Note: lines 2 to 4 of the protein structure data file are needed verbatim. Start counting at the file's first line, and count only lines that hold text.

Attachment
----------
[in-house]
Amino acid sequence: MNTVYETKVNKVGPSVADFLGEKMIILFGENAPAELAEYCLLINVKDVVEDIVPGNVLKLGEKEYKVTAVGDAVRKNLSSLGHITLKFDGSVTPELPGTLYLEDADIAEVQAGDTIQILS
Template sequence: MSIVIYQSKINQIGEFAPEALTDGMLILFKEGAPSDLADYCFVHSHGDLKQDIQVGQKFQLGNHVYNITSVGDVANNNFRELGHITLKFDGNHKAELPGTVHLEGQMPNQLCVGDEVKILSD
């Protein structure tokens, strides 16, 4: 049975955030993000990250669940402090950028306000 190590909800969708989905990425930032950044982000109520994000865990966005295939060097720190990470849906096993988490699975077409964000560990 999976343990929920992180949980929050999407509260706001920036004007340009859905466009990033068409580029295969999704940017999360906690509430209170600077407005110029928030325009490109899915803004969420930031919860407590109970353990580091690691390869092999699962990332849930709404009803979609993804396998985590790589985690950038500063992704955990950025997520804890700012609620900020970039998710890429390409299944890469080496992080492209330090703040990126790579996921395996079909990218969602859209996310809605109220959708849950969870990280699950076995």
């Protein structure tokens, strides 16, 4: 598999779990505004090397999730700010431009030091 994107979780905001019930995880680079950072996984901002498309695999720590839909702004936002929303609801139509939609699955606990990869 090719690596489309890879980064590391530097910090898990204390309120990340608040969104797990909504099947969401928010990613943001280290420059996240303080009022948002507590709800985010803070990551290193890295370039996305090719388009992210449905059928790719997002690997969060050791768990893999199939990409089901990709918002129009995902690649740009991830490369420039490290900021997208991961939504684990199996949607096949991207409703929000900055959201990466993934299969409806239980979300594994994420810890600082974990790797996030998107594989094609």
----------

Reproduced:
Amino acid sequence: MNTVYETKVNKVGPSVADFLGEKMIILFGENAPAELAEYCLLINVKDVVEDIVPGNVLKLGEKEYKVTAVGDAVRKNLSSLGHITLKFDGSVTPELPGTLYLEDADIAEVQAGDTIQILS
Template sequence: MSIVIYQSKINQIGEFAPEALTDGMLILFKEGAPSDLADYCFVHSHGDLKQDIQVGQKFQLGNHVYNITSVGDVANNNFRELGHITLKFDGNHKAELPGTVHLEGQMPNQLCVGDEVKILSD
């Protein structure tokens, strides 16, 4: 049975955030993000990250669940402090950028306000 190590909800969708989905990425930032950044982000109520994000865990966005295939060097720190990470849906096993988490699975077409964000560990 999976343990929920992180949980929050999407509260706001920036004007340009859905466009990033068409580029295969999704940017999360906690509430209170600077407005110029928030325009490109899915803004969420930031919860407590109970353990580091690691390869092999699962990332849930709404009803979609993804396998985590790589985690950038500063992704955990950025997520804890700012609620900020970039998710890429390409299944890469080496992080492209330090703040990126790579996921395996079909990218969602859209996310809605109220959708849950969870990280699950076995």